Follow us on Telegram for the latest updates: https://t.me/mothershipsg
On Feb. 16, the Multi-Ministry Taskforce (MTF) announced some updates on the community safe management measures (SMMs).
The MTF has simplified and rationalised the Covid-19 rules, which it said have accumulated and become "overly complex".
The SMMs will be rationalised to focus on five most important and effective measures that will make them simpler to understand and comply with:
- Group sizes
- Workplace requirements
- Safe distancing
- Capacity limits
These are the changes to SMMs that will take place:
The permissible group size for social gatherings remains at five persons.
From Feb. 25, 2022, the maximum number of unique visitors per household will be adjusted to five persons at any one time, from the current measure of five persons per day.
From Feb. 25, 2022, workplace requirements will now be aligned with those for the community SMMs, including:
- Workers who have their masks on will not need to maintain one-metre safe distancing in the workplace.
- Social gatherings at workplaces will be allowed to resume with up to five persons for each social gathering.
- No restrictions on cross-deployment of employees across workplaces, although employers may continue to do so for business continuity reasons.
The government will continue to allow only up to 50 per cent of employees who can work from home to return to the office.
From Feb. 25, 2022, safe distancing will not be required between individuals or groups in all mask-on settings, although safe distancing is still encouraged.
However, the safe distancing of one metre will continue to be required for all mask-off settings.
MTF will also move to set event sizes based on the capacity of the venue instead of fixing size limits to various event types.
From Mar. 4, 2022, the MTF will lift specific event size limits for events such as religious services, business events, media conferences, funerary memorial events, wedding receptions and mask-on classes.
Zoning requirements will also be removed as the main protection is through masks and vaccinations.
As a precaution, capacity limits will be imposed for large events and settings which pose more infection risks.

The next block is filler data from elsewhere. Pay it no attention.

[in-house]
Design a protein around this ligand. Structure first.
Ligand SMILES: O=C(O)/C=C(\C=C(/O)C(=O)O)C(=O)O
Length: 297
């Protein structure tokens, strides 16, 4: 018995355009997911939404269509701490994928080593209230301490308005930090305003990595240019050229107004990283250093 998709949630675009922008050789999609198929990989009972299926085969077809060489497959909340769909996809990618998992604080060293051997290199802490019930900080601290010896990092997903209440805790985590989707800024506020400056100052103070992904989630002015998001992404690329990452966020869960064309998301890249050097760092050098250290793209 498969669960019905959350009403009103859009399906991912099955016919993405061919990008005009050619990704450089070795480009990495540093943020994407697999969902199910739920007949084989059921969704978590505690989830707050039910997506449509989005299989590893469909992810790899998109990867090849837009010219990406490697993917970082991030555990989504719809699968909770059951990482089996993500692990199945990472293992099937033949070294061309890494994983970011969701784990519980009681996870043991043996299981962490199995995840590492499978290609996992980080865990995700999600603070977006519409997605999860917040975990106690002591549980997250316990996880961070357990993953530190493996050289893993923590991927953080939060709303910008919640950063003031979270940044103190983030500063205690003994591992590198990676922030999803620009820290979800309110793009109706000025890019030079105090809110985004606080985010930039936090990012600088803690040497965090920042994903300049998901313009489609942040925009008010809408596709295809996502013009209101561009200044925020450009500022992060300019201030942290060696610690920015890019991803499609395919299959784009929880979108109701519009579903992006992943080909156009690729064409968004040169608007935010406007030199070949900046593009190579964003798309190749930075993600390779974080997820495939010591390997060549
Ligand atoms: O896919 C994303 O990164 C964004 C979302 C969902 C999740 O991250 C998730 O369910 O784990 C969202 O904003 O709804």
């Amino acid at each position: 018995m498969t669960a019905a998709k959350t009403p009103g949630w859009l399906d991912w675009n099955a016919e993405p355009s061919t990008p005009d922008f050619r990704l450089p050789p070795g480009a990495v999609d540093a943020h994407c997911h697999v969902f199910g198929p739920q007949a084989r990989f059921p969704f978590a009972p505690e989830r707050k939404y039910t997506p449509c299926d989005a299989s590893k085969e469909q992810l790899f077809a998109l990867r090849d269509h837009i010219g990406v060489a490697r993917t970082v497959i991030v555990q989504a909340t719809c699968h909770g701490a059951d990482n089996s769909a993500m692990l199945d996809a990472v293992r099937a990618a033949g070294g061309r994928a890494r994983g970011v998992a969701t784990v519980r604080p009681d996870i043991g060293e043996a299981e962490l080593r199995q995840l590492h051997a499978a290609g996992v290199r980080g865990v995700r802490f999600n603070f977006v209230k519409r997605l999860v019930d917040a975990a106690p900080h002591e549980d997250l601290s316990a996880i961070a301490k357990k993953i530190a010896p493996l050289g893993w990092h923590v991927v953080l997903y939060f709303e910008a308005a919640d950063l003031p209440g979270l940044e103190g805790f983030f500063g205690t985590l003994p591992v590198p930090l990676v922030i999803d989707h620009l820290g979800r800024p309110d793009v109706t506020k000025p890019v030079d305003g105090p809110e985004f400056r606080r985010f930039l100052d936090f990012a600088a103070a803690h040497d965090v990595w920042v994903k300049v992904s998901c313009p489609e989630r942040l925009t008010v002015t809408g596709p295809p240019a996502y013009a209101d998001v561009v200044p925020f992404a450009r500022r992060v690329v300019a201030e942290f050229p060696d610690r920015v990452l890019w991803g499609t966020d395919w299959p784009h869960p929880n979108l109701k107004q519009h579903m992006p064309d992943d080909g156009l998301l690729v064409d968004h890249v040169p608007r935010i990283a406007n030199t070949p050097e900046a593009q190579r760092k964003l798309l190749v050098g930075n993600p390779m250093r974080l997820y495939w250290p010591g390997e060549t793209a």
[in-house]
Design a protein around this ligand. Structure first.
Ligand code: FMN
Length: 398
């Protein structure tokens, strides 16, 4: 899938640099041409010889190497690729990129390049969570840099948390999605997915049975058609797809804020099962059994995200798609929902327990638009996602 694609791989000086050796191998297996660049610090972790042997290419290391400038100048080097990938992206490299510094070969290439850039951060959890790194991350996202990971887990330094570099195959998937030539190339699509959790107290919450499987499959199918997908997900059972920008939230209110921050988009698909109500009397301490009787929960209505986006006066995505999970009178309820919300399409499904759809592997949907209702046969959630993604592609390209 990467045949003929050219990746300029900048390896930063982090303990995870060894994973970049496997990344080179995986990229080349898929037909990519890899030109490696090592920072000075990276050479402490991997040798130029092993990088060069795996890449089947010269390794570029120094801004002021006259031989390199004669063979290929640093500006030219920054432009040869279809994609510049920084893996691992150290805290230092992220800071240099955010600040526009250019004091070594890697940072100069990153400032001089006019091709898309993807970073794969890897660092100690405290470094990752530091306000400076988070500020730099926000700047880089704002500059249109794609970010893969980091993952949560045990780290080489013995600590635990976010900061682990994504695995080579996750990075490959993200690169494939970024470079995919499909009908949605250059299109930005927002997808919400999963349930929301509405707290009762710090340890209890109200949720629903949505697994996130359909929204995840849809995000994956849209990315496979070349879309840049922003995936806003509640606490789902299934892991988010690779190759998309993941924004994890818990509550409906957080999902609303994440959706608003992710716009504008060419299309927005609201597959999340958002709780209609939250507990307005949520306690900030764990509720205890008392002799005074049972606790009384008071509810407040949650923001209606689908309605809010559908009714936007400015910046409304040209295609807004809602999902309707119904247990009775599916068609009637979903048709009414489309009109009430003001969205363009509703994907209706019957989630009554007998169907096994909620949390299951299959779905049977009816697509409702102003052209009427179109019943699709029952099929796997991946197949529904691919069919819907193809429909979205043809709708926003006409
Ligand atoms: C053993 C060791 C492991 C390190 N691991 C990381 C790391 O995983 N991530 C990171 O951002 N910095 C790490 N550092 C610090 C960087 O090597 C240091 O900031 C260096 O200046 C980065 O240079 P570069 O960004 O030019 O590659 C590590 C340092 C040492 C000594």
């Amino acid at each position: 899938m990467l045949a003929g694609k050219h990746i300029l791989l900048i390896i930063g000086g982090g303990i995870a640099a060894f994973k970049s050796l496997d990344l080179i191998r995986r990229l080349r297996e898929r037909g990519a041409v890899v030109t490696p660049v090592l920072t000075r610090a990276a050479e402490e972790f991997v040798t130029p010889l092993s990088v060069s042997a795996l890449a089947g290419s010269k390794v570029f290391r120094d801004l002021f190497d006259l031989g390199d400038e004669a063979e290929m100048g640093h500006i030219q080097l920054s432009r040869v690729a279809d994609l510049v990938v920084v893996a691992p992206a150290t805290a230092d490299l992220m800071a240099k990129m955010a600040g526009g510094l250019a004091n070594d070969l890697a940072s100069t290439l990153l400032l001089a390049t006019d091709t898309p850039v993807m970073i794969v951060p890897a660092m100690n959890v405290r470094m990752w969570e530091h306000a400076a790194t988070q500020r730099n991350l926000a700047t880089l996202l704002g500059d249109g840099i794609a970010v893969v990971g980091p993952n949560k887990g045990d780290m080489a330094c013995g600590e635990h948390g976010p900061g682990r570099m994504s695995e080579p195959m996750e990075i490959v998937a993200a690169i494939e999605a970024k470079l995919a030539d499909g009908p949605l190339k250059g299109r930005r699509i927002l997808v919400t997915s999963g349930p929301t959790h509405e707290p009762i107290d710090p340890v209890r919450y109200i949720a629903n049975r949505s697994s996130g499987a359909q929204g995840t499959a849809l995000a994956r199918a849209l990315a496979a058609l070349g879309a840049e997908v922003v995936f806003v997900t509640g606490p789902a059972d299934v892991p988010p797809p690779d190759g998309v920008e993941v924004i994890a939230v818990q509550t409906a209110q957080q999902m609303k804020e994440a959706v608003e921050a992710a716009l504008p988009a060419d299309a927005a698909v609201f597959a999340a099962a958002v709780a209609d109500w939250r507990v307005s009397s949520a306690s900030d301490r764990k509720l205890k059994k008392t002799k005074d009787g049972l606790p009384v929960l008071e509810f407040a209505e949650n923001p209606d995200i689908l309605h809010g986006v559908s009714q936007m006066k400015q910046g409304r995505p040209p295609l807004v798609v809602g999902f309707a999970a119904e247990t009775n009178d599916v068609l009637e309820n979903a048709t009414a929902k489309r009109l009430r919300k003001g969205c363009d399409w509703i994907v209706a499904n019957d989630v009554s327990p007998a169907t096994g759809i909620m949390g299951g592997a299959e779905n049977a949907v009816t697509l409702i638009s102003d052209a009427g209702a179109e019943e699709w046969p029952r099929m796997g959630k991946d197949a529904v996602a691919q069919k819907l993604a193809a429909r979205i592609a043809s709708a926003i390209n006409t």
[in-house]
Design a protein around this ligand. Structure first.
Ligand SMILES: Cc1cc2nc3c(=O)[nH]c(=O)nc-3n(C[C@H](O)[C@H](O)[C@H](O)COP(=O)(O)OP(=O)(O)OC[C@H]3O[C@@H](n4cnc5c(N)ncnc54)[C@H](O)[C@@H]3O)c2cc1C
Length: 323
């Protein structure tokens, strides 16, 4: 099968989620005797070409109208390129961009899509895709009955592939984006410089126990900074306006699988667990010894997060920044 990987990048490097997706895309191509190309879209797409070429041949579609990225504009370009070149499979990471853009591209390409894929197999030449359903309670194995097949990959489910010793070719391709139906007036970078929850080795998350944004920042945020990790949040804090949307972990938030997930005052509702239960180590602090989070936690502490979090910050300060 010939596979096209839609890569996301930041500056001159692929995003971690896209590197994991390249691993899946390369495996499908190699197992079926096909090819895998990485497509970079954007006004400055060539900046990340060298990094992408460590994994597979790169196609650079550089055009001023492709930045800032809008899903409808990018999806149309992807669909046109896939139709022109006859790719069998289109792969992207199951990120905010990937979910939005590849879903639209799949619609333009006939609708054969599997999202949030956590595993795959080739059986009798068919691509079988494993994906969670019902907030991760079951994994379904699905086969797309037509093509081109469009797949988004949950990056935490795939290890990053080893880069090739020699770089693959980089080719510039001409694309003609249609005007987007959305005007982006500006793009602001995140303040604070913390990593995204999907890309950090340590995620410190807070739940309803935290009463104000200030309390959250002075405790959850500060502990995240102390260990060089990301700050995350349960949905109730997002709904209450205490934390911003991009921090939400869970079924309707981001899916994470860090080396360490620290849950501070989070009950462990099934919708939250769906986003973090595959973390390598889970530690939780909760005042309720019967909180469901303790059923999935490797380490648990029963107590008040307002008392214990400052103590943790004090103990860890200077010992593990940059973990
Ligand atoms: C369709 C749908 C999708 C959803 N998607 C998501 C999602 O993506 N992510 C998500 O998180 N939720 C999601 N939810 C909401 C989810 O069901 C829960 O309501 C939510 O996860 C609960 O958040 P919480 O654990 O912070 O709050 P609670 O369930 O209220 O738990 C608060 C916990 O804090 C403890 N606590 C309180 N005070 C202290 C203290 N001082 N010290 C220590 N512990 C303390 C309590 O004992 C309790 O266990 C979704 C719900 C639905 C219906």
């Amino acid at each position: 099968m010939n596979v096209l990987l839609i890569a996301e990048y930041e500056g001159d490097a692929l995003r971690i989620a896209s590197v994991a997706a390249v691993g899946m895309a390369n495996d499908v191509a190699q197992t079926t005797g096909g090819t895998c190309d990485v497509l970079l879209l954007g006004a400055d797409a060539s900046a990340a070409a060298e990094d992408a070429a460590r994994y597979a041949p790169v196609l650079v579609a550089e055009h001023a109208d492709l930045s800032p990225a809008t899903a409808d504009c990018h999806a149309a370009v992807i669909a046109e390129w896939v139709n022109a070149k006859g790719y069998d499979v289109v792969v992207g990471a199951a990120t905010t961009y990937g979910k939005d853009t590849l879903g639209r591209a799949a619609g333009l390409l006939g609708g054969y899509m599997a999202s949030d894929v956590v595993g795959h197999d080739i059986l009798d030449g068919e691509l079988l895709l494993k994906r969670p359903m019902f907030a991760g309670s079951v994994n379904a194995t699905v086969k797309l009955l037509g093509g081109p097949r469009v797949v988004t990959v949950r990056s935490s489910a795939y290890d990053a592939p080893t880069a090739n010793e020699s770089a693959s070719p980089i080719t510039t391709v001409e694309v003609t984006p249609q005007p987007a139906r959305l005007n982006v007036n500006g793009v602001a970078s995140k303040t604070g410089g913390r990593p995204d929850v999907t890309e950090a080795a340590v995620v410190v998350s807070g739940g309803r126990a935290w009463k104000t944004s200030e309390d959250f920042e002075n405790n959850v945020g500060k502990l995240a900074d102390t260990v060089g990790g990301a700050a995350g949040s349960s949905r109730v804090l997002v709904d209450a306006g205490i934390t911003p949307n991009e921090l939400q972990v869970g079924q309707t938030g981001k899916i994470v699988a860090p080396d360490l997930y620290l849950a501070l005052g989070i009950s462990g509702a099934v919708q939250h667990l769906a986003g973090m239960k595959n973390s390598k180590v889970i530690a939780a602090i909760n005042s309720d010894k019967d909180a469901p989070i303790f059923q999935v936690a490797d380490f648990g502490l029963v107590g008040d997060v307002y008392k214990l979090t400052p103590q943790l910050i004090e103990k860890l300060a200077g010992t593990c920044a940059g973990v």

Such events and settings include attractions, cruises, MICE and large work-related events, as well as large performing arts venues or sports stadiums.
For other settings such as shopping malls and large standalone stores, the current density limit of 10 sqm/pax roughly translates to 50 per cent capacity.
For now, the threshold will be set at 1,000 pax, which means:
- Smaller settings and events with 1,000 or fewer persons can proceed without being subject to any capacity limit.
- Larger settings and events with more than 1,000 persons and are mask-on would be subject to a capacity limit of 50 per cent. For mask-off events, they would be required to comply with the one-metre safe distancing requirement and prevailing group size, which will already serve to limit capacity.
Adjustments to vaccination differentiated SMMs (VDS)
From Feb. 25, 2022, unvaccinated children aged 12 years and below need not be from the same household to be included within a group entering premises or participating in activities with VDS.
Resumption of sports activities
According to MTF, there has been no compelling evidence showing that transient contact while playing sports leads to infections.
It added that the two years of SMMs have "taken its toll on the physical, emotional and mental well-being, especially the young".
From Feb. 25, 2022, all sports will be allowed to proceed with up to 30 fully vaccinated persons (including players, coaches, umpires and etcetera) at supervised/operated sports facilities (ActiveSG facilities and approved private facilities, for example).
No additional testing requirement will be imposed as long as all participants are fully vaccinated, but participants are strongly encouraged to self-test before arriving for the sports activity.
Mask-wearing still required
Amidst all these changes, mask-wearing will continue to be required as a default.
There are no new exceptions.
Top image by Andrew Koay.
Follow and listen to our podcast here
If you like what you read, follow us on Facebook, Instagram, Twitter and Telegram to get the latest updates.